‘Empowering local leaders’
The Rev. Kerry Greenhill, an ordained deacon from the New England Conference, serves the Rocky Mountain Conference as field coordinator.
In her role since January, she said, “What excites me about the campaign is that this is a ministry of health and healing that is about both compassion and justice. Not only are we relieving suffering for thousands of families across Africa; we are also empowering local leaders through training, support and accountability to develop the infrastructure that will support future public health efforts in a sustainable way.
“Children in the United States don’t have to worry that they might die from a mosquito bite, but children in Africa still do. I believe that just as Jesus made healing a central part of his ministry, we as the body of Christ today have a calling to offer healing, wholeness and abundant life in Jesus’ name.”
Along with getting up-to-speed on their responsibilities, participants also learned the latest about the United Methodist initiative to fight malaria and heard about three upcoming special events:
- April 20 – “Mary and Martha” debut on HBO (While the movie has no direct connection with INM, the subject is two mothers who lose sons to malaria.)
- May 12 – Mother’s Day alternative-giving program
- Starting May 18 – “A Killer in the Dark: An Extraordinary Effort to Combat Malaria” , with an updated message to be aired by NBC affiliates
“When one of us has malaria,” said participant Charissa B. Shawcross, a mission interpreter for the North Central Jurisdiction, “we all have malaria.”
*Dunlap-Berg is internal content editor for United Methodist Communications, Nashville, Tenn.
A Big Finish for the Next Mile
“But you will receive power when the Holy Spirit comes on you; and you will be my witness in Jerusalem, and in all Judea and Samaria, and to the ends of the earth.” Acts 1: 8-9
While the folks who participated in “The Next Mile” didn’t travel to the ends of the earth, the awareness they brought to Imagine No Malaria will likely stretch well beyond the boundaries of the District they represent.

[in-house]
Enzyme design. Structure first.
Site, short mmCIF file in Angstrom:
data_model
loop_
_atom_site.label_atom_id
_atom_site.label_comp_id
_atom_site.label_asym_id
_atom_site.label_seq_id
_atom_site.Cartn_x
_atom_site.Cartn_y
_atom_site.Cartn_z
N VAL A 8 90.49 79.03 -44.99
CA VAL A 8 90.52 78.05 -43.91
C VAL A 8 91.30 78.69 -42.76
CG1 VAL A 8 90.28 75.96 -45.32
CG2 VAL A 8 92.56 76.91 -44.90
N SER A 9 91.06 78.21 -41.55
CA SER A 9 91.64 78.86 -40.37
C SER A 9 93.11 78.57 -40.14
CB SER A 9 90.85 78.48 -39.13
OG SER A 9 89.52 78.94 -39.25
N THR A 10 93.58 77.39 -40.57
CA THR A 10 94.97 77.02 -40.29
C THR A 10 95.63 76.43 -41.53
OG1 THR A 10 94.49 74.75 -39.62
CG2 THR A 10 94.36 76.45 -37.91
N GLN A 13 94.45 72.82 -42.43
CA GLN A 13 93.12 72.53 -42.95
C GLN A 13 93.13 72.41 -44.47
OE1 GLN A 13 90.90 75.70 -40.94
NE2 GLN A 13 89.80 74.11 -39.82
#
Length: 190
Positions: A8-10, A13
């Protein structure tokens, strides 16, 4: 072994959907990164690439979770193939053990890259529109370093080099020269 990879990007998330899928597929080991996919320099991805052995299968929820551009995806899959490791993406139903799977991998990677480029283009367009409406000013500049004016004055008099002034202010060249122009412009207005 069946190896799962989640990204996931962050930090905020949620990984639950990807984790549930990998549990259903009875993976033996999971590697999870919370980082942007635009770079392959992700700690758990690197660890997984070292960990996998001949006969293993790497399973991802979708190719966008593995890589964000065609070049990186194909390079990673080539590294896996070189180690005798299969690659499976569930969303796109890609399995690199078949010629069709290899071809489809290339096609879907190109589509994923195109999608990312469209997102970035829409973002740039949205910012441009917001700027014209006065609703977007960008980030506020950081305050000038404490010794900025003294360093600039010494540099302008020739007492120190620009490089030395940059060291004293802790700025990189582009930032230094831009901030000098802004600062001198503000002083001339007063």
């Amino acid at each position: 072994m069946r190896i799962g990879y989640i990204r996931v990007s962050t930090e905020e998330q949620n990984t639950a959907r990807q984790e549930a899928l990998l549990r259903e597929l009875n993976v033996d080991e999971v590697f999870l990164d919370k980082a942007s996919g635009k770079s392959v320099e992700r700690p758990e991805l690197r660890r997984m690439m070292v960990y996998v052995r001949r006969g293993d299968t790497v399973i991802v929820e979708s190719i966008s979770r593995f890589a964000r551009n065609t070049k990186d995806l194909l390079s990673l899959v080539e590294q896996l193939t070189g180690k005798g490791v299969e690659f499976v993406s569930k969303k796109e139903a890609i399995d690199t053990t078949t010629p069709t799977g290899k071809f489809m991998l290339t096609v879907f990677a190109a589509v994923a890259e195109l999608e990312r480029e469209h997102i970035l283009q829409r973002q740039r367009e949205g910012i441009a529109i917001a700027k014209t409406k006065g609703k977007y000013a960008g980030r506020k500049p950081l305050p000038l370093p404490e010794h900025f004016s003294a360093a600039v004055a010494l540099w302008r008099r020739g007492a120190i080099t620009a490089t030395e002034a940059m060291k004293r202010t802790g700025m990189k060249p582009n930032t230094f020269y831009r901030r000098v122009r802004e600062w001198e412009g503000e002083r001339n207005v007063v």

On a crisp and cool Thursday morning Charles and Randy gathered in downtown Maryville, TN at Broadway UMC to prepared for what was going to be a busy day. Several members of the church were also there to take a trip to Asheville, NC. While everyone put on their gear, checked their bicycles, and made sure the lunches were packed, a few church members came over to see what was going on and offer words of encouragement.
The bicycle team was the first to leave. Randy Pasqua and Don Washburn were joined by Broadway UMC Pastor Laura Rasor and her husband David Schoeni. Charles Maynard was joined by St. John UMC Pastor William Shelton and LeRae Collins, the Conference coordinator for Imagine No Malaria.
Charles’s crew headed down US 411, past St. John and toward Seymour with a detour or two along the way including a stop at Logan’s Chapel UMC. Charles walked the last few miles by himself ending at Seymour UMC, a church he once served. As he neared his destination he sent back a picture of Chilhowie Mountain and the Smokies from Black Oak Ridge, adding “the end is in sight!”
For the four folks on bicycles the route probably proved to be a bit more strenuous as they headed from Maryville to the Great Smoky Mountains. One important stop was at Camp Wesley Woods where both Randy and Don were sure to feel at home. There were also stops at Walland UMC, another Pleasant Hill UMC, Tuckaleechee UMC, First UMC in Gatlinburg, Burnett Memorial, Camp Ground and Webb’s Creek UMC. During the final part of the day, the riders stayed close to the Great Smoky Mountains. The two-day, 130-mile long journey ended at a small white church with a bell tower and simple gothic arched windows. Shults Chapel is one of the smallest churches in the district and is nestled on top a small wooded hill. Ending the journey at such a small church serves as a reminder that even small efforts can eventually lead to big changes.
_ By Clayton Hensley
Below are updates from the journey made by Charles Maynard and Randy Pasqua as they crossed the Holston conference area by hiking and biking to raise awareness of Imagine No Malaria.
Almost halfway there – Wednesday, April 24th
Both legs of the “Next Mile” journey are winding down. Spirits are high and God continues guiding everyone toward a world where it is possible to “imagine” a world without malaria.